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Indian-origin Man Jailed in UK Over Theft of Vehicles Worth Rs 6 Crore

Chirag Patel, 39, was found guilty of conspiracy to handle stolen goods and possession of criminal property at the end of a five-week trial at Croydon Crown Court last Friday.

PTI

Updated:October 16, 2018, 11:09 PM IST
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Indian-origin Man Jailed in UK Over Theft of Vehicles Worth Rs 6 Crore
Chirag Patel, 39, was sent to jail by a UK court (Credit: @metpoliceuk)
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London: An Indian-origin man has been sentenced to eight years in jail by a UK court for handling of 19 stolen high-value vehicles worth over 7,00,000 pounds (approximately Rs 6,70,00,000).

Chirag Patel, 39, was found guilty of conspiracy to handle stolen goods and possession of criminal property at the end of a five-week trial at Croydon Crown Court last Friday.

"Patel played the leading role in a sophisticated operation to handle high-value, stolen vehicles, motivated only by sheer greed," said Acting Detective Sergeant Billy Clough, who led the investigation for the Metropolitan Police.

"He even attempted to convince the jury that he was a legitimate businessman, who had simply been unlucky in obtaining such a vast quantity of stolen items, but the jury saw through this and convicted him of being the key player in a significant criminal enterprise," he said.

Patel was jailed for conspiracy to handle stolen goods in relation to the cars and keys, for which he received eight years' imprisonment. He was sentenced to three years' imprisonment for possessing criminal property and in relation to over 440,000 pounds of unexplained cash deposits which had been identified from two personal bank accounts in his name

Both the sentences will run concurrently. "I hope this sentence sends a message that those involved in this type of organised criminality will be pursued robustly," the Met Police said.

The court was told that in February 2015, Patel reported to police that his Porsche had been stolen. At first, Patel resisted giving his home address, instead providing details of his parent's address. When he finally gave his own address, officers attended the property as part of their investigation into the stolen car.

Here they discovered a number of high-value vehicles in the basement car park. Officers identified that one of cars had a personalised number plate identical to one seen earlier on a vehicle outside Patel's parent's address.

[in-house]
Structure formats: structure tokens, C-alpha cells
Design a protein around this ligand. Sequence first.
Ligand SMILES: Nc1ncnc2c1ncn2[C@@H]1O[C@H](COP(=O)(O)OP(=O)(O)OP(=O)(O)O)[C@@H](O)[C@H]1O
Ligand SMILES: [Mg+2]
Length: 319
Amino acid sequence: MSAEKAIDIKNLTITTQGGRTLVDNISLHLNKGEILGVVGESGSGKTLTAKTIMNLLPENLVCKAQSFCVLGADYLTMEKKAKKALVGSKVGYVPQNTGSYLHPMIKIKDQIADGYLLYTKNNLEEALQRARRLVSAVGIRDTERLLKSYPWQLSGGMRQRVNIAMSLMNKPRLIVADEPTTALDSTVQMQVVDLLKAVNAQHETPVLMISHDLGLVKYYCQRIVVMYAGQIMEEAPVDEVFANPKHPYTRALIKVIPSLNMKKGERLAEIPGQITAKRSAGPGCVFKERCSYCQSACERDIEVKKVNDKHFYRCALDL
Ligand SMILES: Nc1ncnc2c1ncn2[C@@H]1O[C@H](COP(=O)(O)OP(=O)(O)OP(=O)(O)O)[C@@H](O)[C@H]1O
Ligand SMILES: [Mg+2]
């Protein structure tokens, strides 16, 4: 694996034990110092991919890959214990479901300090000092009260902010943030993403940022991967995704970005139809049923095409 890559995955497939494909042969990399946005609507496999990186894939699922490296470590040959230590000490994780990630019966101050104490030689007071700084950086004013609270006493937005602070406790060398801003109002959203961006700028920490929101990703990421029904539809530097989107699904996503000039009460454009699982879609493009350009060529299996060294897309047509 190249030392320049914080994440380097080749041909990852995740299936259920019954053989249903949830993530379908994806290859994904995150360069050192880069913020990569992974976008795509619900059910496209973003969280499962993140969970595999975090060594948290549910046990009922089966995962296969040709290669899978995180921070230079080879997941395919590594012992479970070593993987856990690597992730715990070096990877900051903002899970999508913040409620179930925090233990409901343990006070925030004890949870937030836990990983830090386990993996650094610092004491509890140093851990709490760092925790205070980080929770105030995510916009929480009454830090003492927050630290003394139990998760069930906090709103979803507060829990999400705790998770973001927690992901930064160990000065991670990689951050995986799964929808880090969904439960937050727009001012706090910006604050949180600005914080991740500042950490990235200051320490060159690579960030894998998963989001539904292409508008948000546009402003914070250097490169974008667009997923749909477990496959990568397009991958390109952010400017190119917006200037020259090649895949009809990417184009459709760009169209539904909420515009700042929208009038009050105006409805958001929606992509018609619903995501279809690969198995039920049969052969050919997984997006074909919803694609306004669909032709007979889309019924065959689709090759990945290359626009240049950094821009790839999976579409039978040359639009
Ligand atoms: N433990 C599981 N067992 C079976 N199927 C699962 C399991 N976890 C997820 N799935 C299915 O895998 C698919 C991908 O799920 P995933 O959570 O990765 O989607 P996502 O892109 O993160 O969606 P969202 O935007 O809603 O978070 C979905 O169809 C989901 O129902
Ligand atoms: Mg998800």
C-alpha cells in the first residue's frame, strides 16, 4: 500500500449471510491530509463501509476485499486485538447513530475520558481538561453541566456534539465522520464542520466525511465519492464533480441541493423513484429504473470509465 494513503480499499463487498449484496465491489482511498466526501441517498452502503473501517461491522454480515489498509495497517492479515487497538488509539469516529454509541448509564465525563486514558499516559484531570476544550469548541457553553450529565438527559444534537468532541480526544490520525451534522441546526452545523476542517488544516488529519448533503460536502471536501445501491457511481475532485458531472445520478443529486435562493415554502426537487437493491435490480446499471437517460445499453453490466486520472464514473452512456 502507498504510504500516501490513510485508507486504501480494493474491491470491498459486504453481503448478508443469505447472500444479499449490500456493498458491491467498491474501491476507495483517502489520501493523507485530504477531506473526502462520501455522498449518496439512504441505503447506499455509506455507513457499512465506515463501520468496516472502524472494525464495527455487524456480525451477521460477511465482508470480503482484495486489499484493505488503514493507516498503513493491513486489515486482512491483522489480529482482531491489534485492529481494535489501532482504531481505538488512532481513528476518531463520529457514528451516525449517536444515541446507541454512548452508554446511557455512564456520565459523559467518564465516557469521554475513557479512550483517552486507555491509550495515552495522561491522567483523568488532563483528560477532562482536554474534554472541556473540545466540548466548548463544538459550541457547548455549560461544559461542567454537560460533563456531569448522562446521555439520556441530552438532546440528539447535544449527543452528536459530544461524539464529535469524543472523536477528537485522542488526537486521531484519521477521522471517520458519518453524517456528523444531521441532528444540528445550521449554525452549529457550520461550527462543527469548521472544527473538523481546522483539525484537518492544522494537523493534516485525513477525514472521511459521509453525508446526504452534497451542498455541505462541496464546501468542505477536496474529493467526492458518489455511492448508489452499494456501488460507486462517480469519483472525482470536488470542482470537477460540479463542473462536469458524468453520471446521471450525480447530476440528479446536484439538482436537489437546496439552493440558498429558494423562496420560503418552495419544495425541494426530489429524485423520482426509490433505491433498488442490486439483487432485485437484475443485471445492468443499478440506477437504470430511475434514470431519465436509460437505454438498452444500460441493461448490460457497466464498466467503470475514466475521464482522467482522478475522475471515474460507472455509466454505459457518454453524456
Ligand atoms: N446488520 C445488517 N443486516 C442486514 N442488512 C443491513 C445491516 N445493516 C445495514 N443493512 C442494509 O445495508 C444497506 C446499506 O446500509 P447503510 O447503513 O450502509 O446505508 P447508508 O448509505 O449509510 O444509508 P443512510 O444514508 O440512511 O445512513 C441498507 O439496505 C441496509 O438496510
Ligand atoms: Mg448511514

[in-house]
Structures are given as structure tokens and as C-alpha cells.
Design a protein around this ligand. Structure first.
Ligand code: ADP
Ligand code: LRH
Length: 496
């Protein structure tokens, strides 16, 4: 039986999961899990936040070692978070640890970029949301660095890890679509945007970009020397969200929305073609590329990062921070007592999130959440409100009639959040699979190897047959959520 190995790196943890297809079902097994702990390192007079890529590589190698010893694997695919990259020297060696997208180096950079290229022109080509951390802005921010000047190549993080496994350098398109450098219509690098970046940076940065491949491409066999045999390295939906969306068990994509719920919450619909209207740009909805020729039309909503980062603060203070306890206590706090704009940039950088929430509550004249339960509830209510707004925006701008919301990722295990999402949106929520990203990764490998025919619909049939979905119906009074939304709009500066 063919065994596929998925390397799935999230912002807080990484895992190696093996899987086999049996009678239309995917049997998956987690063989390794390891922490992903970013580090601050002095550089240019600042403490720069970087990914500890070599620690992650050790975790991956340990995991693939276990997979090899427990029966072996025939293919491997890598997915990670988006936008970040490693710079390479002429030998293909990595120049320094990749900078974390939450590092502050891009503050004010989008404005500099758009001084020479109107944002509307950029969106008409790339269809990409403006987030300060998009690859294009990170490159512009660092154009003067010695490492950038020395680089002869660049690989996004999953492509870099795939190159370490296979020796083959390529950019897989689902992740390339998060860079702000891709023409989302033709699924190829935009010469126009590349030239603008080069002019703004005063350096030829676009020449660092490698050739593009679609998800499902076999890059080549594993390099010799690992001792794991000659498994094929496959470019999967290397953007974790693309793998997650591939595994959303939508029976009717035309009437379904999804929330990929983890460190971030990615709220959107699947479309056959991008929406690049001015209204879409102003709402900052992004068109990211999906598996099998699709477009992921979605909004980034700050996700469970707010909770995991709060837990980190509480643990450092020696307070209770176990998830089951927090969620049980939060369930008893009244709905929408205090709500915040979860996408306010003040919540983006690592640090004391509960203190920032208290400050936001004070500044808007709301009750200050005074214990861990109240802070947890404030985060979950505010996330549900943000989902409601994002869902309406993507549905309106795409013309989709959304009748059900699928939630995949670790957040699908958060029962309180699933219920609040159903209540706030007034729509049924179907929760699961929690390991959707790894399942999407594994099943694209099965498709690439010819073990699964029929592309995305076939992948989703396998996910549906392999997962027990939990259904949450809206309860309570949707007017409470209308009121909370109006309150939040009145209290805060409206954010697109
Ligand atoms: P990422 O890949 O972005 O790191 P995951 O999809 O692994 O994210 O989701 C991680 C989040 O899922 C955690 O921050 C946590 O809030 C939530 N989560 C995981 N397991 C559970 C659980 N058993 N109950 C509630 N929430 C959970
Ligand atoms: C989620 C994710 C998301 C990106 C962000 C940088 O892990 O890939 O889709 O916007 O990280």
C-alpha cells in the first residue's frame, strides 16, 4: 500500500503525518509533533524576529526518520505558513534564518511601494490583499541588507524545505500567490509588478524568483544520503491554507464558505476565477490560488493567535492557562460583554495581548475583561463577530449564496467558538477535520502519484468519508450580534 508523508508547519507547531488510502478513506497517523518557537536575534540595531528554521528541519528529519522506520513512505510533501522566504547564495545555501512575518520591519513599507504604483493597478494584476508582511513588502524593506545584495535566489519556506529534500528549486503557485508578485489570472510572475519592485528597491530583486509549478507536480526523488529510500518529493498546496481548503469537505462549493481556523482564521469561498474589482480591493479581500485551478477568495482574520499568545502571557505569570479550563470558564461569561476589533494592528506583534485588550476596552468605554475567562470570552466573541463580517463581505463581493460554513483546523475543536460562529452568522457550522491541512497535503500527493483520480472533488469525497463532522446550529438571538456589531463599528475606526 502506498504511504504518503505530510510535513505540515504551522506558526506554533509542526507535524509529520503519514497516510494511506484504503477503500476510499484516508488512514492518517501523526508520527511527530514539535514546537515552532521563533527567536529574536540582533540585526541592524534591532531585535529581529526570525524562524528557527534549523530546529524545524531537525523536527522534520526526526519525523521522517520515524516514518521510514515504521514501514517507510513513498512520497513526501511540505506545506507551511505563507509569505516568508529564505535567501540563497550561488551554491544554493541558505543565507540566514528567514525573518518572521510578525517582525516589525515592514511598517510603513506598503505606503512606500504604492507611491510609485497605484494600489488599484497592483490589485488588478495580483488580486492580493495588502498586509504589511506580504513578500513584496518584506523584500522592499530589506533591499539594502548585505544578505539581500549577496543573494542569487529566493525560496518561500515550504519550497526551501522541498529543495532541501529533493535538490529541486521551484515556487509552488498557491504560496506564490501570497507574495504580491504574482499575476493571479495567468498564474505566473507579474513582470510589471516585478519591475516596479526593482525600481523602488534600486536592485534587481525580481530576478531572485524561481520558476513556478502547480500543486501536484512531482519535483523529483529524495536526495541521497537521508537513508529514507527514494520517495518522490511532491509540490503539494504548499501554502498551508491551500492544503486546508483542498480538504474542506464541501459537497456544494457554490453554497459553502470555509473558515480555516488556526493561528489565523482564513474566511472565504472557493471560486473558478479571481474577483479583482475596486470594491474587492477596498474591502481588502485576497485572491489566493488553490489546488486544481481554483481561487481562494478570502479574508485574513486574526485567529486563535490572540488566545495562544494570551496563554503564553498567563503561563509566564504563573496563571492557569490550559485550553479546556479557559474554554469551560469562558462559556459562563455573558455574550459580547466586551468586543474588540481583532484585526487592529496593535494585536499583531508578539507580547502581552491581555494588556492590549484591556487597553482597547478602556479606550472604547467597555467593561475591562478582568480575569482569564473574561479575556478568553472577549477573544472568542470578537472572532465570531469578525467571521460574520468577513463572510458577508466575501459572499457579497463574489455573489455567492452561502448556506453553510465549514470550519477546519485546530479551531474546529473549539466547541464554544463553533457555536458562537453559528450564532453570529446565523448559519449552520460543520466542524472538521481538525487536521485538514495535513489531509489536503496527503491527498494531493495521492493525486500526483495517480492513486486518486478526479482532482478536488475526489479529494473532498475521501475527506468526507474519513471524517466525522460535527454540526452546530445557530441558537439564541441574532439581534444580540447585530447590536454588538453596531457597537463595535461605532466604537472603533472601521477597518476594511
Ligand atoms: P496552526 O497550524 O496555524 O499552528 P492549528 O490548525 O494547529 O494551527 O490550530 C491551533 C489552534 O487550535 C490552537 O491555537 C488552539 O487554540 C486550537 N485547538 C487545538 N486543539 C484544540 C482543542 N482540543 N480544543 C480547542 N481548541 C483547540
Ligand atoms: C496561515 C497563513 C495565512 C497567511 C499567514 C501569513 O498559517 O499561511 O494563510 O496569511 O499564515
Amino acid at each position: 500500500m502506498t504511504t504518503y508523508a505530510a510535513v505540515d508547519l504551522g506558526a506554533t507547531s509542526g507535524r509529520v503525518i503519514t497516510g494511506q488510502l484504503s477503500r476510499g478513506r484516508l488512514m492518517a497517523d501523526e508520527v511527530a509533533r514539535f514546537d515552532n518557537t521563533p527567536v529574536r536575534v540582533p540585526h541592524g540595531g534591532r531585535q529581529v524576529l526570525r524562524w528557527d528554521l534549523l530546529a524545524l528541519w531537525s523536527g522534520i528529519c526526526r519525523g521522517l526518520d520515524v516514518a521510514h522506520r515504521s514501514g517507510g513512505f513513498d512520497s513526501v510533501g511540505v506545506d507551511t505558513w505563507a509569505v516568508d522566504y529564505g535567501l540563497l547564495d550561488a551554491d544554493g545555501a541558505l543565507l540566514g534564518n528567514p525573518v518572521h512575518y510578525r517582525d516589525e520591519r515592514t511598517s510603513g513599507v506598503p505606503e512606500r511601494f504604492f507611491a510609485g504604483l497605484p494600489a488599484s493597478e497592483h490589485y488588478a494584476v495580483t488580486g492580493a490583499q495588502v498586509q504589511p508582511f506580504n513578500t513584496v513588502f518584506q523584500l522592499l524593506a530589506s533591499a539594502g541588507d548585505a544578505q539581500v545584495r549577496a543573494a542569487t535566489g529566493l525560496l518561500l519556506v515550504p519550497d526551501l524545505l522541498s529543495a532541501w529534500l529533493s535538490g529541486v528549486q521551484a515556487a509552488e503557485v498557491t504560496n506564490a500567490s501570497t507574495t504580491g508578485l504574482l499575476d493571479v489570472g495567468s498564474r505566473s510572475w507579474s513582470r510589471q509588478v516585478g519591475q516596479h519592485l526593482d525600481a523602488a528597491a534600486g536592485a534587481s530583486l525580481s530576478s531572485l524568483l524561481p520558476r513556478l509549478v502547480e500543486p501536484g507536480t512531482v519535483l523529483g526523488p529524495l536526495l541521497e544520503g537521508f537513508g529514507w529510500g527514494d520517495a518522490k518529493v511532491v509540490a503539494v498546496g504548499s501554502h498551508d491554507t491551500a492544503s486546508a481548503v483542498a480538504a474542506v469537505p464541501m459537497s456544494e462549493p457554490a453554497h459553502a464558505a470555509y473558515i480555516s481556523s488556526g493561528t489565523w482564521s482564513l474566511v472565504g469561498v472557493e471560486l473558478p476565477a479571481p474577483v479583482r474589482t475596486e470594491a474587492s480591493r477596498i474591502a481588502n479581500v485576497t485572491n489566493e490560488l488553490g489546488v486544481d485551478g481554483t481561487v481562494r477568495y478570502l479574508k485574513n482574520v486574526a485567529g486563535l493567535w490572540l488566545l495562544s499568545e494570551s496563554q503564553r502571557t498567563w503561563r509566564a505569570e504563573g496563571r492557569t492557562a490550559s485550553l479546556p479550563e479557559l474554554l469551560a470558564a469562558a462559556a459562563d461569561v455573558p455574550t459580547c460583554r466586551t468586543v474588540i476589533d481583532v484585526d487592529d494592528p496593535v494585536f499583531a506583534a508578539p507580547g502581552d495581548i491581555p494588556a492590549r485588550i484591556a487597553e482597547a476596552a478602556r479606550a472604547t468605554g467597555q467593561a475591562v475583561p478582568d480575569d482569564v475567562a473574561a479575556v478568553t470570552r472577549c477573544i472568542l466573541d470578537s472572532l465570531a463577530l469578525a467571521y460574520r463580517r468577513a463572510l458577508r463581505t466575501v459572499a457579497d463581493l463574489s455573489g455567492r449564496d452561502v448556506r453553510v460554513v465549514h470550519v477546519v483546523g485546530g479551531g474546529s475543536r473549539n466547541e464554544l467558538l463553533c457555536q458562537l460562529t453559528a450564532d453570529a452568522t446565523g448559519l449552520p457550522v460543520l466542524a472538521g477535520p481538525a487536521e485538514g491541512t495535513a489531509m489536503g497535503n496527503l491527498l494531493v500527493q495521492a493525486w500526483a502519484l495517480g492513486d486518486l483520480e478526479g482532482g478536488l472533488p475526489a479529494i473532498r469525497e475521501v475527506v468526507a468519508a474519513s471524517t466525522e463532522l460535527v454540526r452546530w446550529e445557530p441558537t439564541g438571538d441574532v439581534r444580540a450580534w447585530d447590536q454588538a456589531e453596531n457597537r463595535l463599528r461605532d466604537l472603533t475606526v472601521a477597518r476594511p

Further inquiries by officers established that the five vehicles in the car park had false number plates and all were later confirmed to have been stolen. Patel was arrested at his home address soon after.

During a search of his property, Met Police officers recovered 26 sets of car keys, as well as lists of vehicles and registrations, machines for accessing on-board computers in vehicles, programming keys and a number of mobile phones, tablets and laptops.

Following a detailed investigation, led by officers from Croydon's Serious Acquisitive Crime Unit, a total of 19 stolen vehicles with an estimated value of 728,000 pounds were linked to Patel and subsequently seized, as well as nine sets of keys which had been stolen from Jaguar Land Rover's plant in Solihull, West Midlands, and a laptop stolen during a burglary in Streatham area of south London.

During the trial, judge H H J Gower praised the work of the Scotland Yard officer, Police Constable Andy Garland, whose work identified the first stolen vehicle. The judge said: "It was his sharp eyes and investigative nose and approach which first spotted a stolen vehicle and set this investigation in motion and he receives my formal commendation."

The police later discovered that Patel had been using the vehicles in the running of an "off-the-books" vehicle rental business, where vehicles were rented out to his associates and contacts.

The vehicles had been stolen by unknown individuals during burglaries and keyless thefts across London between October 2012 and January 2015 and were stored at or near addresses owned by Patel and his family, or with associates who looked after the vehicles for him or rented them from him. The identities of the cars were concealed using legitimate insurance details of vehicles which had been written off on official records.
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